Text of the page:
U.S. Treasury Secretary Janet Yellen Just Admitted Biden Wants To Empower IRS To Go After Low-Income Tax Cheats

The Biden administration in November dropped its unpopular proposal from the $2.2 trillion Build Back Better plan to make banks share data about customers with the Internal Revenue Service for accounts with total annual deposits or withdrawals of $10,000-plus. However, Treasury Secretary Janet Yellen said she still supports the concept.

The bank reporting idea was key to the Biden administration’s plan to shrink the $7 trillion “tax gap” — the shortfall in taxes that are owed but not collected — and help pay for the $2.2 trillion social policy and climate bill that Democrats are trying to pass this year, New York Times reported. However, banks and Republicans cried invasion of privacy and House Democrats dropped it from the bill passed in November.

“I do support it,” Yellen said at a Senate Banking Committee hearing. “I think it’s important that the IRS have visibility into opaque income streams and that’s an important way of improving tax compliance.”

Gold investor and stockbroker Peter Schiff was quick to point out Yellen’s continued support for the IRS bank-sharing policy legislation.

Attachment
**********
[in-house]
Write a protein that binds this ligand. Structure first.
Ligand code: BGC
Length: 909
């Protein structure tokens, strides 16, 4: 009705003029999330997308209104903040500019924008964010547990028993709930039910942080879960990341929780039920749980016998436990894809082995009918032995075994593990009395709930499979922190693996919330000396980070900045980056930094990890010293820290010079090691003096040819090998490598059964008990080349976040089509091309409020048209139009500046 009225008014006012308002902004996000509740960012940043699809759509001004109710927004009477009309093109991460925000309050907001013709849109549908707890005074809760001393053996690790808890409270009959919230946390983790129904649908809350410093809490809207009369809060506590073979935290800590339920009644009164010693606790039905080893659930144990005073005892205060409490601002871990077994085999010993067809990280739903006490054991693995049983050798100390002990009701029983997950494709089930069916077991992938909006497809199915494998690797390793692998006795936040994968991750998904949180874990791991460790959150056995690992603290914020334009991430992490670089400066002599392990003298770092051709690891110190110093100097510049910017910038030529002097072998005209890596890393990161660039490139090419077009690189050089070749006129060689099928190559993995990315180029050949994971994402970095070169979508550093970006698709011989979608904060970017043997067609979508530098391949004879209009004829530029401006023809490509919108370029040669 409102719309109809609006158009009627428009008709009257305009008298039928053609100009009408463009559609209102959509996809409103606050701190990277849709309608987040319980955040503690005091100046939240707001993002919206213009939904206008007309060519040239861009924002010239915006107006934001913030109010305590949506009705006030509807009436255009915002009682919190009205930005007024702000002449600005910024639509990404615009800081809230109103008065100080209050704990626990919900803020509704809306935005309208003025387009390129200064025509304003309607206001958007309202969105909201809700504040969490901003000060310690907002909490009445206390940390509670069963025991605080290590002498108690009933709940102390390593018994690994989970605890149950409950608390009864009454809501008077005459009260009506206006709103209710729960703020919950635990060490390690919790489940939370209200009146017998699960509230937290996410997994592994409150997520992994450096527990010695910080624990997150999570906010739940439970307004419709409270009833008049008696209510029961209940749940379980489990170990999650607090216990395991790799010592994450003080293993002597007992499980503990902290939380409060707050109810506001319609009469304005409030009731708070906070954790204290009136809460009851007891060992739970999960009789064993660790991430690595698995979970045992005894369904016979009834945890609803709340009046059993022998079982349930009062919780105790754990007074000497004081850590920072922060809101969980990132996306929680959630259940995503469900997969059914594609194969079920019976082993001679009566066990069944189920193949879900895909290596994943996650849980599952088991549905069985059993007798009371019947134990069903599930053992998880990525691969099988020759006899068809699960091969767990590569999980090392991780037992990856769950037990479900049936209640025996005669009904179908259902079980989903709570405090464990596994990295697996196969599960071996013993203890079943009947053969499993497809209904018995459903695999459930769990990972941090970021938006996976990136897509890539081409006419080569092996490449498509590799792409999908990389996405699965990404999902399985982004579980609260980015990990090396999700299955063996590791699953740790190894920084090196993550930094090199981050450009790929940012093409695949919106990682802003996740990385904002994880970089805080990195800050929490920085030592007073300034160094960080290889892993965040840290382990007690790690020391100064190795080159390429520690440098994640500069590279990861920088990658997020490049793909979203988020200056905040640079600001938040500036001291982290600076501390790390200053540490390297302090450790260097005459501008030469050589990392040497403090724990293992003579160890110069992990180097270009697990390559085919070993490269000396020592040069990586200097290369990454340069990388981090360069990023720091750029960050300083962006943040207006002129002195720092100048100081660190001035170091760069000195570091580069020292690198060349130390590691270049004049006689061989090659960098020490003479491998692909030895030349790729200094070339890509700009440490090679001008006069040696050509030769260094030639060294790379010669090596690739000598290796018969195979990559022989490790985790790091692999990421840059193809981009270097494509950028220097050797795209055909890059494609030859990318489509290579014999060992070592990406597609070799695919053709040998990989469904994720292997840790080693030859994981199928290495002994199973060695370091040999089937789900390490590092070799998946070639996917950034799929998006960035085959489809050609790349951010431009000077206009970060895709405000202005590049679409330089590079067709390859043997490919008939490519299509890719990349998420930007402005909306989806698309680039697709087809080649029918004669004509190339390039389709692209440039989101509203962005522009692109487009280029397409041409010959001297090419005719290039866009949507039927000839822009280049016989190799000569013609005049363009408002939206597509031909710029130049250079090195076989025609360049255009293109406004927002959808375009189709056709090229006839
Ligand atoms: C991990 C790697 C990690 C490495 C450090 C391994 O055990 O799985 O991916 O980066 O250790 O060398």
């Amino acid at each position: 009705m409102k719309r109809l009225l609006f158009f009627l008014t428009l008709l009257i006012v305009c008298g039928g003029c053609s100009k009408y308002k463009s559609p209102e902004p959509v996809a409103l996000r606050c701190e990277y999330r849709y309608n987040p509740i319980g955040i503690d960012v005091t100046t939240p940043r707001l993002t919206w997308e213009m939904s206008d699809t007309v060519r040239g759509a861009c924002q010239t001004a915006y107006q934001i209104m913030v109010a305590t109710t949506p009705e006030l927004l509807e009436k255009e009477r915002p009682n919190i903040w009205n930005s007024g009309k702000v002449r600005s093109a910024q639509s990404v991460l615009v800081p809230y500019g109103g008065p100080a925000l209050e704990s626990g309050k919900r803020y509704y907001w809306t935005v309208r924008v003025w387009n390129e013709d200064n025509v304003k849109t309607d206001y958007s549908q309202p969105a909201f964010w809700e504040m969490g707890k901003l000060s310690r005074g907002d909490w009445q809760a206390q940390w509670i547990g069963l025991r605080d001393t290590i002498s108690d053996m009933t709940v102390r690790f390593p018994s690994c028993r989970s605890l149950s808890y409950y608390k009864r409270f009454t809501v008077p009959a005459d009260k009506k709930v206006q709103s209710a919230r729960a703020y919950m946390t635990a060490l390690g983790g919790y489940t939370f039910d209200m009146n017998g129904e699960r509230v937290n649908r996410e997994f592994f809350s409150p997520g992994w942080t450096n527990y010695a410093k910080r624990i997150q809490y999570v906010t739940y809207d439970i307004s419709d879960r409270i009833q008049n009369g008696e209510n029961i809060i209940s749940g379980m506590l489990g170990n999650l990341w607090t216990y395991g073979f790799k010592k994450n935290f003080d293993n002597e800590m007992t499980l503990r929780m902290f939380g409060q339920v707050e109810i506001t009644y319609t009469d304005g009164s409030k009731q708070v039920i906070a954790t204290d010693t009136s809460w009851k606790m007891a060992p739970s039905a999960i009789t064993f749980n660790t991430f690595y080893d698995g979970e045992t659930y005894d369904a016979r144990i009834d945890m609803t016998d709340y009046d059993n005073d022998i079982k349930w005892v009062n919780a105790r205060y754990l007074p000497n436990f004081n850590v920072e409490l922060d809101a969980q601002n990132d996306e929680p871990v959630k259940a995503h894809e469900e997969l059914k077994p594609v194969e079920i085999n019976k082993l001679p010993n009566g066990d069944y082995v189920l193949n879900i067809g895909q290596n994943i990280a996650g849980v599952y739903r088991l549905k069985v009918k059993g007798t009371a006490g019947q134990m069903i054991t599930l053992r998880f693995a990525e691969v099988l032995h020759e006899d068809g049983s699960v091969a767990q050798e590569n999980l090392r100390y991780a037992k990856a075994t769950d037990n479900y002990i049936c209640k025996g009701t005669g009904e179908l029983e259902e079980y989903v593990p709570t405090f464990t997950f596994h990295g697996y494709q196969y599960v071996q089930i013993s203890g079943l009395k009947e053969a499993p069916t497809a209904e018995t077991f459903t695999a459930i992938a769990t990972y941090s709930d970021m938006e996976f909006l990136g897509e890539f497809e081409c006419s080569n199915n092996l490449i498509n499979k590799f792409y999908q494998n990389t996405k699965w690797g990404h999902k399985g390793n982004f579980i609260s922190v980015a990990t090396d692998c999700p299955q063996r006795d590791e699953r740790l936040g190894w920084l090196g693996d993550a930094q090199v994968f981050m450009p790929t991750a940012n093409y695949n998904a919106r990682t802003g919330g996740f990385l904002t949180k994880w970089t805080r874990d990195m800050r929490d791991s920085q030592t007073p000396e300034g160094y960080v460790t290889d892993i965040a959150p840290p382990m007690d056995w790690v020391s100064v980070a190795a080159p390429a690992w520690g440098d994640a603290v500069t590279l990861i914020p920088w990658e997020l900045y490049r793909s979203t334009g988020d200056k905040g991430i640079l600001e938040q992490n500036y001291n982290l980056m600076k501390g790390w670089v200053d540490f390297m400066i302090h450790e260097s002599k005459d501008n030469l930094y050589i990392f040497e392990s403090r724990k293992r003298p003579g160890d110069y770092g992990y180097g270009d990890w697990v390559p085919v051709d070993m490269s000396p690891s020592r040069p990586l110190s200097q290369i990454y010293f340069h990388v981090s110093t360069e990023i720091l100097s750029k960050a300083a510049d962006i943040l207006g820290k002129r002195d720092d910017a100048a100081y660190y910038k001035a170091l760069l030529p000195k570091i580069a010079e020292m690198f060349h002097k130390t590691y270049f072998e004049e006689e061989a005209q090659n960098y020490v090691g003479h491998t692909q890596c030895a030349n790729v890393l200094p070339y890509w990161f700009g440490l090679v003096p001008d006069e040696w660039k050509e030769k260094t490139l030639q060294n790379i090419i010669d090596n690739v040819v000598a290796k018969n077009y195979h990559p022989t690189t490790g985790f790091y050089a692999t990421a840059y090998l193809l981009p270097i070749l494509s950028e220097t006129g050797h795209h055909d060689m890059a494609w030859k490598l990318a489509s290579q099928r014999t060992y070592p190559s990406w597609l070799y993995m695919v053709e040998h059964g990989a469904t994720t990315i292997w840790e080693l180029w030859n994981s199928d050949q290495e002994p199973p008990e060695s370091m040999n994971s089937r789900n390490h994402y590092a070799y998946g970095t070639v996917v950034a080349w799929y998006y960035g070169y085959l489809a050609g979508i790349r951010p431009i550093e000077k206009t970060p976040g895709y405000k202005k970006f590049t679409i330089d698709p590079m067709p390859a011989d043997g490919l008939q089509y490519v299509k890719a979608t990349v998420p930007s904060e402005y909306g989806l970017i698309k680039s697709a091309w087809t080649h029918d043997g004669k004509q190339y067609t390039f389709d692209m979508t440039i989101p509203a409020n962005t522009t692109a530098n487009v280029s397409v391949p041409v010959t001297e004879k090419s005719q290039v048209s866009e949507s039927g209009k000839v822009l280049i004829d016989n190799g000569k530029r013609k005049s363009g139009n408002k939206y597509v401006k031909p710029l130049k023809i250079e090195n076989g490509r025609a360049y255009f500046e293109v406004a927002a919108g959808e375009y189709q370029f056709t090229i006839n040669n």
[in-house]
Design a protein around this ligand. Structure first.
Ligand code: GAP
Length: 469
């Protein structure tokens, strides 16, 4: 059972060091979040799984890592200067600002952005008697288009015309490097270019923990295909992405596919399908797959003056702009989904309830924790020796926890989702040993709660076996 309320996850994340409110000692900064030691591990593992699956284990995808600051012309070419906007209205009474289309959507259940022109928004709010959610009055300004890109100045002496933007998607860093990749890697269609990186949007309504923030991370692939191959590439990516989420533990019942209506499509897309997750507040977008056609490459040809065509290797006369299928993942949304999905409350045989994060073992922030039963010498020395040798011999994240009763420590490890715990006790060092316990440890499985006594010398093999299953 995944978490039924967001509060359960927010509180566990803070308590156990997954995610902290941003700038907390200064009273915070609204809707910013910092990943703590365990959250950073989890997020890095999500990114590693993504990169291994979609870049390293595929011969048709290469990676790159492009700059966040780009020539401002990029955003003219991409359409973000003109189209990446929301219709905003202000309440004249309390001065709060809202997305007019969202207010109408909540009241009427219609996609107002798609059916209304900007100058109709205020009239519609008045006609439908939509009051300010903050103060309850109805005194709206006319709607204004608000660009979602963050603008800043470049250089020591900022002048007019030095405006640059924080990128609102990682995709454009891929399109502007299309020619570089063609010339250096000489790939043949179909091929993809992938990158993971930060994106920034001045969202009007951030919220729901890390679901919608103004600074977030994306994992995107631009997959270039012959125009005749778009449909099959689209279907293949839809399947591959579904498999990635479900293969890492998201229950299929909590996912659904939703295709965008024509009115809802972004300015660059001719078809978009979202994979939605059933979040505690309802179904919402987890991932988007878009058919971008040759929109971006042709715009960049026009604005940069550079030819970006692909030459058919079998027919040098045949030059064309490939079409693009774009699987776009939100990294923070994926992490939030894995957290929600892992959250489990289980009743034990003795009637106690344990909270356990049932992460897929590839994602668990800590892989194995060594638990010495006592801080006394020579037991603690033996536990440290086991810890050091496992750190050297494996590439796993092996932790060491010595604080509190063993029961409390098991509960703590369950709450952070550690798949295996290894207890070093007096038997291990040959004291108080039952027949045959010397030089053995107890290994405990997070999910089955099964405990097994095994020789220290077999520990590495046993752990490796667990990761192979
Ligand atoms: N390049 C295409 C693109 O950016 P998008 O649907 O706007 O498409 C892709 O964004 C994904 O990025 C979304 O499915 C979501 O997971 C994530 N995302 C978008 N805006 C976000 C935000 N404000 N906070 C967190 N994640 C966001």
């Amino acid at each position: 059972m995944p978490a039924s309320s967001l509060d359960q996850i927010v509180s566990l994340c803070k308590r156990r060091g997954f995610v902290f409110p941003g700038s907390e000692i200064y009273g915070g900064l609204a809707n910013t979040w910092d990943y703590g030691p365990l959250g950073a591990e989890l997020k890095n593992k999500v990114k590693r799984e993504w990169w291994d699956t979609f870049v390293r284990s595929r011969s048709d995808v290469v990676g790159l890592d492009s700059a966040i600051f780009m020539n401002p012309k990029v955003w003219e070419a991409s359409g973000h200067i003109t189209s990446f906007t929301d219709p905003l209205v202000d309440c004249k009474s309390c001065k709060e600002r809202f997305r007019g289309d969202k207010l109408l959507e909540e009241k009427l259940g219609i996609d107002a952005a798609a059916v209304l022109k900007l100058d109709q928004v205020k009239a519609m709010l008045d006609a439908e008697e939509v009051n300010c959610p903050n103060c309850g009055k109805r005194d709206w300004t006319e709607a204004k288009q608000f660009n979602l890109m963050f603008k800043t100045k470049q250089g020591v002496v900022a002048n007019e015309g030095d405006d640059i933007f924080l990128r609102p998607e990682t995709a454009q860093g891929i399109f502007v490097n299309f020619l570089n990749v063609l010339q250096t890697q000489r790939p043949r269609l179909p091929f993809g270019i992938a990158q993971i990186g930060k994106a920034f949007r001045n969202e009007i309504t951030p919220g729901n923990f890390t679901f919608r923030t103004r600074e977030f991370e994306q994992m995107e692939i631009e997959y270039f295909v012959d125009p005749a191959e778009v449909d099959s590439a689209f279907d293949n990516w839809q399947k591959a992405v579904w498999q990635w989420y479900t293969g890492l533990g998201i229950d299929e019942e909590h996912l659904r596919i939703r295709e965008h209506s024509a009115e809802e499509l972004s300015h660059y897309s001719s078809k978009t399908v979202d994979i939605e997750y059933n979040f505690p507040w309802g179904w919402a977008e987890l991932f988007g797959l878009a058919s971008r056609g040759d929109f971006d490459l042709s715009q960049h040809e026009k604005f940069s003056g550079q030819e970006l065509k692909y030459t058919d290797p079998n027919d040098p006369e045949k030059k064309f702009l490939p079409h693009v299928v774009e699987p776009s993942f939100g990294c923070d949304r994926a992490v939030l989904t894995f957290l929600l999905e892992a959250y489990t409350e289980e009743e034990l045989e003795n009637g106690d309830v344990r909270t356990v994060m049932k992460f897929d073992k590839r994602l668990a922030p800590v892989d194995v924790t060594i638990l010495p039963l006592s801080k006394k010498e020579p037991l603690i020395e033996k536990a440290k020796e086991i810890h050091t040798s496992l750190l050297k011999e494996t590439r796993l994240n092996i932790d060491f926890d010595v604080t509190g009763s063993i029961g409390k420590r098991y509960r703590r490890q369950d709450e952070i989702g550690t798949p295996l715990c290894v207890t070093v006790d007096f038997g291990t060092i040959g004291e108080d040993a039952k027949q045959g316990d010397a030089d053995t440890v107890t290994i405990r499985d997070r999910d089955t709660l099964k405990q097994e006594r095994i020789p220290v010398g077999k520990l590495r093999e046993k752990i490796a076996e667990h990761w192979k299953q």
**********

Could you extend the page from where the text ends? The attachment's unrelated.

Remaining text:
“Janet Yellen just admitted the @Biden administration wants to empower the #IRS go after low-income tax cheats. Biden clearly believes low income workers are cheating on their taxes by not reporting all of their income. He want to make sure low income workers pay their fair share!” Schiff tweeted on Nov. 30.

Schiff is CEO and chief global strategist of Euro Pacific Capital Inc., a broker-dealer based in Westport, Connecticut. He is also a financial commentator and radio personality.

Hane Selmani replied to Schiff, tweeting, “Much easier to audit the poor. The tax returns of the rich are too long as they take advantage of tax laws and loopholes that the government allows its friends. It sucks to be poor. Everyone puts their hands in your pocket While the rich claim poverty.”

The ultra-wealthy have access to attorneys and deductions they can use to reduce their reported income, such as using business losses to offset income. Because these billionaires tap write-offs, deductions and other loopholes to minimize their income, they appear to the IRS to have net incomes of less than zero, CBS News reported. Some Democrat lawmakers are pushing for a tax on billionaires, arguing that the wealthiest citizens should pay more.

Listen to GHOGH with Jamarlin Martin | Episode 74: Jamarlin Martin Jamarlin returns for a new season of the GHOGH podcast to discuss Bitcoin, bubbles, and Biden. He talks about the risk factors for Bitcoin as an investment asset including origin risk, speculative market structure, regulatory, and environment. Are broader financial markets in a massive speculative bubble?

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